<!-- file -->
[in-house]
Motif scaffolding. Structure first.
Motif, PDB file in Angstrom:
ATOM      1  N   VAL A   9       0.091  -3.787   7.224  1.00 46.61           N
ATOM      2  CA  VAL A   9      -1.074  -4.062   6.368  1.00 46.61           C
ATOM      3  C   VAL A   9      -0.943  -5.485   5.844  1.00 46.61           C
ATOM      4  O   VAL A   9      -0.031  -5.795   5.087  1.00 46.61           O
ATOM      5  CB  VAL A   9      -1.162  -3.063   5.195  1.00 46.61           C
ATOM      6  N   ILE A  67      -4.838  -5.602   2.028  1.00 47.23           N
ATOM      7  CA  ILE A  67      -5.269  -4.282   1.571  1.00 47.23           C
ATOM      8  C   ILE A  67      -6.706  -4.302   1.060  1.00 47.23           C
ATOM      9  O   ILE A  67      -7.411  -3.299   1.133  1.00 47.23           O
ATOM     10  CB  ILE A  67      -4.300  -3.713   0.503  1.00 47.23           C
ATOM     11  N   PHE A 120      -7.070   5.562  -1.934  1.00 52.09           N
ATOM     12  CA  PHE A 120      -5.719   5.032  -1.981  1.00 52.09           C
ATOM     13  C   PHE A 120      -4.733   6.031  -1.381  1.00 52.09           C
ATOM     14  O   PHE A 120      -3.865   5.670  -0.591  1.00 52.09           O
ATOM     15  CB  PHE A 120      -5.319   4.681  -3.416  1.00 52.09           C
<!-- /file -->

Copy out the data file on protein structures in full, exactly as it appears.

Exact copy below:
[in-house]
Motif scaffolding. Structure first.
Motif, PDB file in Angstrom:
ATOM      1  N   VAL A   9       0.091  -3.787   7.224  1.00 46.61           N
ATOM      2  CA  VAL A   9      -1.074  -4.062   6.368  1.00 46.61           C
ATOM      3  C   VAL A   9      -0.943  -5.485   5.844  1.00 46.61           C
ATOM      4  O   VAL A   9      -0.031  -5.795   5.087  1.00 46.61           O
ATOM      5  CB  VAL A   9      -1.162  -3.063   5.195  1.00 46.61           C
ATOM      6  N   ILE A  67      -4.838  -5.602   2.028  1.00 47.23           N
ATOM      7  CA  ILE A  67      -5.269  -4.282   1.571  1.00 47.23           C
ATOM      8  C   ILE A  67      -6.706  -4.302   1.060  1.00 47.23           C
ATOM      9  O   ILE A  67      -7.411  -3.299   1.133  1.00 47.23           O
ATOM     10  CB  ILE A  67      -4.300  -3.713   0.503  1.00 47.23           C
ATOM     11  N   PHE A 120      -7.070   5.562  -1.934  1.00 52.09           N
ATOM     12  CA  PHE A 120      -5.719   5.032  -1.981  1.00 52.09           C
ATOM     13  C   PHE A 120      -4.733   6.031  -1.381  1.00 52.09           C
ATOM     14  O   PHE A 120      -3.865   5.670  -0.591  1.00 52.09           O
ATOM     15  CB  PHE A 120      -5.319   4.681  -3.416  1.00 52.09           C